3. Renewed demonstrable political commitment by African leaders through the adoption of a Declaration that proposed to deliver on a set of measurable goals and targets

  4. Renewed demonstrable commitment by the continent’s partners.

To be more specific on these orientations and objectives which remain quite general, the note gives some more details on its vision on the transformation that will have to take place in African agriculture:

  1. Greater integration of agriculture in the economy by creating stronger backward and forward linkages with other sectors and the development of value chains

  2. Giving a central role to smallholder farmers and particularly to women and youths

  3. Seizing the main opportunities identified for agriculture: development of value chains and local food and enhancing the role of local agricultural entrepreneurs, possibilities offered by the development of ICT, and natural resources (land, water and human resources in particular).

According to the note, this transformation will depend on the development of productivity and value added, more functional national and regional markets, increased investment financing and more resilience to address vulnerability to risks.

While reading the note, the missing points demonstrate that the African Union and its members are still a long way from agreeing on the best way to develop African agriculture and from having chosen among the two approaches to developing agriculture in Africa, namely:

  1. An approach relying essentially on the promotion of family farming

  2. An approach relying on private operators and seeking to mobilise investments by multinationals - possibly in the shape of joint ventures or public-private partnerships - , banks or foreign investment funds.

Some believe that these two approaches can be simultaneous and can even be complementary, private investors helping to build modern value chains and establish effective means of communication and finance. This could be true, on the condition that private investments do not result in the acquisition of douzains of millions of hectares of land to the detriment of local communities, do not go hand in hand with the imposition of policies (in particular on seeds) that are unfavourable to smallholders, and do not put in competition large production units using the latest and most advanced technologies and equipment with small producers using traditional production practices.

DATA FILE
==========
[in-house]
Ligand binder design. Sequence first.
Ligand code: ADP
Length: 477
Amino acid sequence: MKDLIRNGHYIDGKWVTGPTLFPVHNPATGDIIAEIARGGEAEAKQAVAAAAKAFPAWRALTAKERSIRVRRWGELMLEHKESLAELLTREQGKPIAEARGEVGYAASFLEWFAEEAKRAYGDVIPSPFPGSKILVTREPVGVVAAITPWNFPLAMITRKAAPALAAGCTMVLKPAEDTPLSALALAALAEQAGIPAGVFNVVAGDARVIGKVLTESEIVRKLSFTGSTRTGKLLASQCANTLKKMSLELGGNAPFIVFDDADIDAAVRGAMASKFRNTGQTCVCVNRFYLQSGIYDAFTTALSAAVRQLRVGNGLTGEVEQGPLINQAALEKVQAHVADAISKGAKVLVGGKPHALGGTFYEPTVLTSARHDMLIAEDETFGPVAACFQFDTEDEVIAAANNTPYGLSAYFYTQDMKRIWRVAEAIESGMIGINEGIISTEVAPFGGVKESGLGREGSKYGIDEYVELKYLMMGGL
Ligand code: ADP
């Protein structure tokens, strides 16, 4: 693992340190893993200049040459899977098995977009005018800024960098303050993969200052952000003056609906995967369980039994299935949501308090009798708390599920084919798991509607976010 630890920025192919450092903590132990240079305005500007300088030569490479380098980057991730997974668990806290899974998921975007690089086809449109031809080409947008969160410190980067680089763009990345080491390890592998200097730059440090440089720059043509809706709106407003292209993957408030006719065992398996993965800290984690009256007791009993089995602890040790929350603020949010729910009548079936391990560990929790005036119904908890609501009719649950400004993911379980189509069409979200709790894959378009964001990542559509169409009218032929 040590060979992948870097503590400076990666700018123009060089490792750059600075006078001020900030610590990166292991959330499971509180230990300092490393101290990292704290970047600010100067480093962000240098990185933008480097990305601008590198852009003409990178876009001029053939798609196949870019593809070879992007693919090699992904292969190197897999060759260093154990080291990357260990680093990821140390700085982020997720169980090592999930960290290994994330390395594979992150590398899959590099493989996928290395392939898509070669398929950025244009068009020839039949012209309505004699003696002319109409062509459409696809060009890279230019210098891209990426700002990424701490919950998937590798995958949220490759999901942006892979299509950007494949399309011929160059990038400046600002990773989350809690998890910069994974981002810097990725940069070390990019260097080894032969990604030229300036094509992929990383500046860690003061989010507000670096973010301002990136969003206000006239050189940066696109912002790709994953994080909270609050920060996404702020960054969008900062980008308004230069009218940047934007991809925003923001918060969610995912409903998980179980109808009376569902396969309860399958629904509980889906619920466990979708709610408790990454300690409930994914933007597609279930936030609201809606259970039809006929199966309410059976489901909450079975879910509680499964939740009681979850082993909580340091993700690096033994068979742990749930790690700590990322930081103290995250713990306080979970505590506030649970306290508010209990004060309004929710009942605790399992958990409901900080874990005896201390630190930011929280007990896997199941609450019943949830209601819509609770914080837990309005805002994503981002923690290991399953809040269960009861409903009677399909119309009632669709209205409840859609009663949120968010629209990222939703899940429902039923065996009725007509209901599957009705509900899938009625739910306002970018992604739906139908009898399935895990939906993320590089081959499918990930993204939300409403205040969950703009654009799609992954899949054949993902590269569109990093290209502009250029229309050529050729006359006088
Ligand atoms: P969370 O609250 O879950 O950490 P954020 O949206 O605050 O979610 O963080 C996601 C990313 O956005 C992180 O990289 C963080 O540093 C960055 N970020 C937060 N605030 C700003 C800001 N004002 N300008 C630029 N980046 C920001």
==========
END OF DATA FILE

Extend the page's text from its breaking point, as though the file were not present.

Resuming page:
One would have liked to read in this note that there was a need to establish and implement rules and regulations that protect the interest of rural communities (protection of their rights to land, rules and standards for contractual arrangements between producers and traders/processors within value chains, etc.), to encourage small producers to get organised in groupings and to give priority to research on production technologies that are accessible to poor producers (read more on the 7 principles for ending hunger)

Today, the Summit meeting of Head of states and governments will review results of the work conducted since 21 of January and they will approve decisions made and the Summit declaration.

It will be interesting to see whether discussions during these last ten days have helped to clarify which options African states will select to develop their agriculture.


Do not forget to sign the petition: Hunger, crime against humanity


Last update:    January 2014

For your comments and reactions: